When it comes to investment, most of us do very little research before putting money in a particular investment.
To many, hearing that someone has earned big is often sufficient research. Over the last decade or so, a number of corporate companies have issued shares to the general public. Some of these listings led to a doubling in share values in weeks.
Needless to say, savvy people made good returns on their investment when they sold at higher prices, while others have made losses as prices have plummeted on certain shares. Different investments bear their own characteristics. The decision to choose one over another or a combination of these should depend on one’s needs, investment timeline, and risk appetite, among other reasons.
Bonds and treasury bills are relatively popular investments. However, how these investments work is seldom understood. Bonds are a type of fixed-income investments. This means that the issuer, issuing company or government promises to pay the investor the maturity value or principal on the maturity date, and to pay interest either at stated intervals over the life of the investment or at maturity.
Bonds trading in the market today come in a multitude of varieties to suit investors’ and borrowers’ needs and costs. Bonds may be issued by corporate companies like banks and insurance companies or by the government. Some bonds are secured by physical assets in case the issuer can no longer meet their obligations while other bonds are not secured, like those issued by government.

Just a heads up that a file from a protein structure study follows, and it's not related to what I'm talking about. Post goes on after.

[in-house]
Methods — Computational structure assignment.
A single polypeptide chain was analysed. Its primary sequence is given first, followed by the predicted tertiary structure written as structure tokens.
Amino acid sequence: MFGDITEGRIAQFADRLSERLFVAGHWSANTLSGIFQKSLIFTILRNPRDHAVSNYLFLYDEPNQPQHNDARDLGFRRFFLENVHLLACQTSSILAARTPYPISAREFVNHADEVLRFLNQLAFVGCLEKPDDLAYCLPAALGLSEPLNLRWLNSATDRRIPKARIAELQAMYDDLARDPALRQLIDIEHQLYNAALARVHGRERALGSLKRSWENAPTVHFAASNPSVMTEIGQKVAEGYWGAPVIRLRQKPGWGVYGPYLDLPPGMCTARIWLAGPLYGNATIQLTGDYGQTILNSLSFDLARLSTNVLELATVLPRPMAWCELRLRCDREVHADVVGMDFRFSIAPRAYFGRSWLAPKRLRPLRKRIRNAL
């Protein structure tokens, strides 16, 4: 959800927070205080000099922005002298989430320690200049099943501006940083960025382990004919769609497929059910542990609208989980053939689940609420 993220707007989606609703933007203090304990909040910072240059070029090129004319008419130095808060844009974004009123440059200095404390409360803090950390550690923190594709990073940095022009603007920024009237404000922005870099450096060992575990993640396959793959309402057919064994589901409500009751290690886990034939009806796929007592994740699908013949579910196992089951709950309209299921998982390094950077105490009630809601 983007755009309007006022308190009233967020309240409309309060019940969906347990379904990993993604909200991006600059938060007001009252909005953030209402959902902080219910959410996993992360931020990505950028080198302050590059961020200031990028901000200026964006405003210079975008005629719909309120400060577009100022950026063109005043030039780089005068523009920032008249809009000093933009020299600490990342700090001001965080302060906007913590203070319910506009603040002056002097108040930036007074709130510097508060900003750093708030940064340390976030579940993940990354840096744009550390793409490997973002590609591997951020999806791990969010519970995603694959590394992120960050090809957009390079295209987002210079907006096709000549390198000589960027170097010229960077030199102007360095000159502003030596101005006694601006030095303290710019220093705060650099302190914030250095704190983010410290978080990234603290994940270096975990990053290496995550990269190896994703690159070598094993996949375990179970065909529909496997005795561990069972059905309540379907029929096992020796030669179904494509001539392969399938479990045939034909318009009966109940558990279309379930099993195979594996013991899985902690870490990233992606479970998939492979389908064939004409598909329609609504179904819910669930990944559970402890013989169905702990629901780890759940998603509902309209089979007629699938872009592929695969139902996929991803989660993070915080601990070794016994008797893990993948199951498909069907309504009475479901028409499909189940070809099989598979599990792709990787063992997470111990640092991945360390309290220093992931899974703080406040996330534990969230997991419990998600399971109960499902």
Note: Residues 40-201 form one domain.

The details of the bond are always outlined in a trust deed and written into a bond contract. This contract should be carefully read as it outlines the payment and each party’s obligations, among other things.
Treasury bills on the other hand are short-term government obligations. The Ugandan government offers treasury bills for as short as 91 days. Unlike bonds, they do not offer an option of paying interest. Instead, their maturity value will be higher than the invested value depending on the prevailing rate of return.
Your specific financial needs and goals should determine your investment. Peter pays tuition for his daughter at university twice a year so he opted to invest in a corporate bond that paid him interest semi-annually and enabled him to take care of that obligation. At the end of Peter’s bond term, he would get his principal back.
On the contrary, Becky a business lady in Owino, had a large sum of money that she was only going to use in three months’ time, so she invested in treasury bills to make a decent return in that short period.
Further, it is also prudent to make sure that the investment broker you are dealing with is licensed by the industry regulator - the Capital Markets Authority in the case of Uganda.
The author works with TD Insurance, Canada.